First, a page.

The Importance of Pre-Qualifying
Pre-scheduling interview is a vital step in qualitative market research.
Trying to conduct interviews on the spot, particularly for B2B, can prove very challenging if your targets have a busy schedule.
Pre-planning and choosing a time shows that your market research company is organized and respectful of the target's time.
Our qualitative recruiting company has found that if you can set aside time with the participant they are even more willing to stay on the phone or talk to you in-person longer.
Step #4: Design an Interview Guide
Once the recruitment kicks off, you should begin your moderator guide design immediately.
Although you have a general sense of your goals and objectives from Step 1, here is where you become tactical and turn those high-level objectives into actual questions.
The guide is an excellent tool for the interviewer to keep the conversation on-topic and on time.
With an in-person or phone interview, much of the research is conversational.
Therefore you will likely have a fair share of open-ended questions in your script. Much more than a typical survey.
Keep in mind this will add time to the script. You should plan on about 1 question per minute (particularly for the open-ends).
This way if you have a 20-minute interview, you know that 20 questions (give or take) will keep you on time.
Step #5: Conduct the Interviews
The next step is fieldwork.
This is when you dial into a conference line or dial the participant directly (preferred).
Remember you want to eliminate as much work as possible and make it easy for the research participant. Calling them directly at your allotted time is easiest.
Here are some tips to help you master your research interview.
Then you follow your script and ask the respondent questions to address your key objectives.
If the participants end up elaborating on their open-ends and talks at length, they'll be likely to give you the benefit of the doubt if the interview runs over.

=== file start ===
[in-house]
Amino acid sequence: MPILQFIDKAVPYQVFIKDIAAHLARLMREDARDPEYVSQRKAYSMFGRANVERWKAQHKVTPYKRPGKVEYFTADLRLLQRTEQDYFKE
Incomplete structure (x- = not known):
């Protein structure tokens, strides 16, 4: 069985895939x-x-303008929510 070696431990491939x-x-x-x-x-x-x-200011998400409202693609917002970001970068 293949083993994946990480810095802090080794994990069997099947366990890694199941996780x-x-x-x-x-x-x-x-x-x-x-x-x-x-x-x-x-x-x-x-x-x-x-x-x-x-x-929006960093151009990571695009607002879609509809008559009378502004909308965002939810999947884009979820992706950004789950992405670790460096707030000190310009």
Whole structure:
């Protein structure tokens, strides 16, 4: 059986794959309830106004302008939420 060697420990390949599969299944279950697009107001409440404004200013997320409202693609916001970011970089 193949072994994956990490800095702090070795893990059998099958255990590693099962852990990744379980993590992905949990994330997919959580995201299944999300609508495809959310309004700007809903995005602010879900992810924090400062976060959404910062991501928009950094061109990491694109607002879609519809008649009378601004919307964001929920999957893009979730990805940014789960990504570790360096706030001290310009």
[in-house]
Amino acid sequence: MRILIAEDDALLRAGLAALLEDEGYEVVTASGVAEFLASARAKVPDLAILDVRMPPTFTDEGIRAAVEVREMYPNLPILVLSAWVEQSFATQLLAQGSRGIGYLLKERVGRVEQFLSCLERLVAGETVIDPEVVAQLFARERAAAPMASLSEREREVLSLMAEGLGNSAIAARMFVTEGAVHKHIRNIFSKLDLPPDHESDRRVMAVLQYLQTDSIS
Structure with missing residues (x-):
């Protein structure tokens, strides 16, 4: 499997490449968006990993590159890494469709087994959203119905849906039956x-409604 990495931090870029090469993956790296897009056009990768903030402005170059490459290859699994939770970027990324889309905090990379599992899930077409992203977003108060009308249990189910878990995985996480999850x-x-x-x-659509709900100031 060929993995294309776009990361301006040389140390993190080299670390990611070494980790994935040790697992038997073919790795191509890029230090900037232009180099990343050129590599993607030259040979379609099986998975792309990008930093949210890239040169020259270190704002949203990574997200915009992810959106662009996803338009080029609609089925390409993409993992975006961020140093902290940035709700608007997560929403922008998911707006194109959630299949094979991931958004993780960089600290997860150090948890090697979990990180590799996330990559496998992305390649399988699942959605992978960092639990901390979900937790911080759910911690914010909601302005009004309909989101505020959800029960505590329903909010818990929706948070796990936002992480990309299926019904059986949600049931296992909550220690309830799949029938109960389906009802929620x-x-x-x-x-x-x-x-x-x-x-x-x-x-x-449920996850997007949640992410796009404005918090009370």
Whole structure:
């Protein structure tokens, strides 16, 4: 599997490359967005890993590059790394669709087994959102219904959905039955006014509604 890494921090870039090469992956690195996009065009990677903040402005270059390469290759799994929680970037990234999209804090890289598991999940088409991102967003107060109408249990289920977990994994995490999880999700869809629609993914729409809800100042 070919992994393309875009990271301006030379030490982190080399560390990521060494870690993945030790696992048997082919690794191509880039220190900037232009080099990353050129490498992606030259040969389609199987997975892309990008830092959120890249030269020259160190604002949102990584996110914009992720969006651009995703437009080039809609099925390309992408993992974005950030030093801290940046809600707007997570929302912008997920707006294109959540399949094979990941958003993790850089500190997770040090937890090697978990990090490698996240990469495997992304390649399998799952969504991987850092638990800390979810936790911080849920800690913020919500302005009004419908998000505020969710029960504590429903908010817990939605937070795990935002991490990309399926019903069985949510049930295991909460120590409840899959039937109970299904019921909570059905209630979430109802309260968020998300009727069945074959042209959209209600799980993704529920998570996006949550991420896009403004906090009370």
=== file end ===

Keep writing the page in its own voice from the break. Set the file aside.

The first few questions involve some time of warm-up or easy questions to get the participant comfortable and to build rapport before moving into more depth.
Step #6: Develop Your Report
When conducting the research interviews, you have several options.
You can take notes in real-time, recap with notes following the interview, digitally record the interview, or have the interview transcribed.
Any or all of these are employed by interviewers and it truly depends on your style.
At our qualitative research company, we typically encourage our interviewers to record the conversations and recap notes after the interview.
This allows us to put 100% of our attention on the participant, actively listen, and ask natural follow-up questions -- all of which is hard to do when you are trying to scribble down notes for each question asked.
The type of report can also vary from a high-level summary to a comprehensive deck.
- The topline summary typically pulls themes across all interviews and summarizes them into a short narrative report.
- The comprehensive report might include the executive summary but also goes into great detail with a section-by-section breakdown and quotes from participants.
Each has a corresponding cost associated with it from your qualitative market research firm.
*Editor's Note: This blog was originally posted in July of 2020 but has since been updated.
Drive Research is a national qualitative market research company in New York. We work with clients on both qualitative and quantitative custom-built research projects. Our scope of services spans all across the country and we even have several international clients.
Interested in receiving a proposal or quote for qualitative research? We'll make this easy for you.
Contact us 1 of the following 4 ways below, or all 4 if you are feeling ambitious.
- Message us on our website
- Email us at email@example.com
- Call us at 888-725-DATA
- Text us at 315-303-2040
George is the Owner & President of Drive Research. He has consulted for hundreds of regional, national, and global organizations over the past 15 years. He is a CX certified VoC professional with a focus on innovation and new product management.
Learn more about George, here.